Once you generate the code, it can easily be added to any link or post on social media that is pointing back to your website or blog content.
Utilizing Google UTM builder is a great way to ensure that you’re up-to-date with best practices in tracking your web traffic effectively.
Best practices for utilizing UTM codes effectively
1) Short but descriptive – Be sure to make your campaign names short but descriptive enough that it will be easy for you to recognize later when reviewing data.
A good rule of thumb is to include the purpose of the campaign in its title (e.g., “EventPromotion”).
2) Unique campaigns – It’s important to create unique campaigns for each link you want to track so that you can easily differentiate between different sources of traffic.
This allows you to measure which sources are providing the most effective results and adjust accordingly based on those results.
3) Consistency – As much as possible try to maintain consistency when generating links with UTMs so that all campaigns have the same structure across all channels/platforms (e.g., utm_campaign=EventPromotion). This will make it easier for you to identify trends in the data over time.
4) Test your UTM codes: Before you launch your campaign, make sure to test your UTM codes to ensure they’re working correctly. We have a few troubleshooting checks you can use further down the post.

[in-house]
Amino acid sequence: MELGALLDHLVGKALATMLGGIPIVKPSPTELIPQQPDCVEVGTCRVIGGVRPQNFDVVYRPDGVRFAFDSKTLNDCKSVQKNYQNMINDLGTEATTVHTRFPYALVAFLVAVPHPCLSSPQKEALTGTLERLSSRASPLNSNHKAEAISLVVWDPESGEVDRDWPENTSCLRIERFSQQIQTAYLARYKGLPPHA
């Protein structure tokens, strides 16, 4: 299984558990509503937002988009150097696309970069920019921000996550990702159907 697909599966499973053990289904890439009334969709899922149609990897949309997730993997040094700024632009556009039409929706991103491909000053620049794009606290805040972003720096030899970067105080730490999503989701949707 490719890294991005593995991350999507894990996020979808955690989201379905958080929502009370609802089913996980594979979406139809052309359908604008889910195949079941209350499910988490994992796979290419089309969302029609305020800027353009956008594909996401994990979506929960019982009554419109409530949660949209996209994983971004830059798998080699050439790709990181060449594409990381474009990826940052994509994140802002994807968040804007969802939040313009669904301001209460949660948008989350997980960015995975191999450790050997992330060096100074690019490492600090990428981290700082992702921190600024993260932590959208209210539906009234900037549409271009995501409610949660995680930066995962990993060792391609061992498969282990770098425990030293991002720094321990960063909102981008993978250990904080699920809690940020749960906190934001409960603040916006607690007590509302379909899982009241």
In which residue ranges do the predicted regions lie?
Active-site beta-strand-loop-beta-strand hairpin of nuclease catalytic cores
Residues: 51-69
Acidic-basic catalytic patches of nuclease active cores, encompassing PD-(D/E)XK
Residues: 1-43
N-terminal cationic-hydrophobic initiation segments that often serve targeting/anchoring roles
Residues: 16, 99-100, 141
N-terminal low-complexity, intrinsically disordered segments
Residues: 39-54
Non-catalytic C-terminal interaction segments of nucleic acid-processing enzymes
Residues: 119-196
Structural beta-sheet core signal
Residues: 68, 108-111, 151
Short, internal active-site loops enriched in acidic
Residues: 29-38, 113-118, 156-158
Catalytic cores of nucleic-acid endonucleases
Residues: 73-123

5) Pay attention – Finally, make sure that you pay attention when creating UTMs so that all variables are filled out correctly and accurately reflect the source/medium used for sharing (e.g., utm_medium=social).
This will allow you to get an accurate picture of where traffic is coming from and how effective each channel is in driving desired actions/results.
How to find UTM codes in google analytics
With Google Analytics, finding the UTM codes associated with a site is easy — simply filter for the Source/Medium report in the Traffic Acquisition tab of your dashboard.
This is where you’ll find more accurate insights on which traffic sources are most successful for your brand.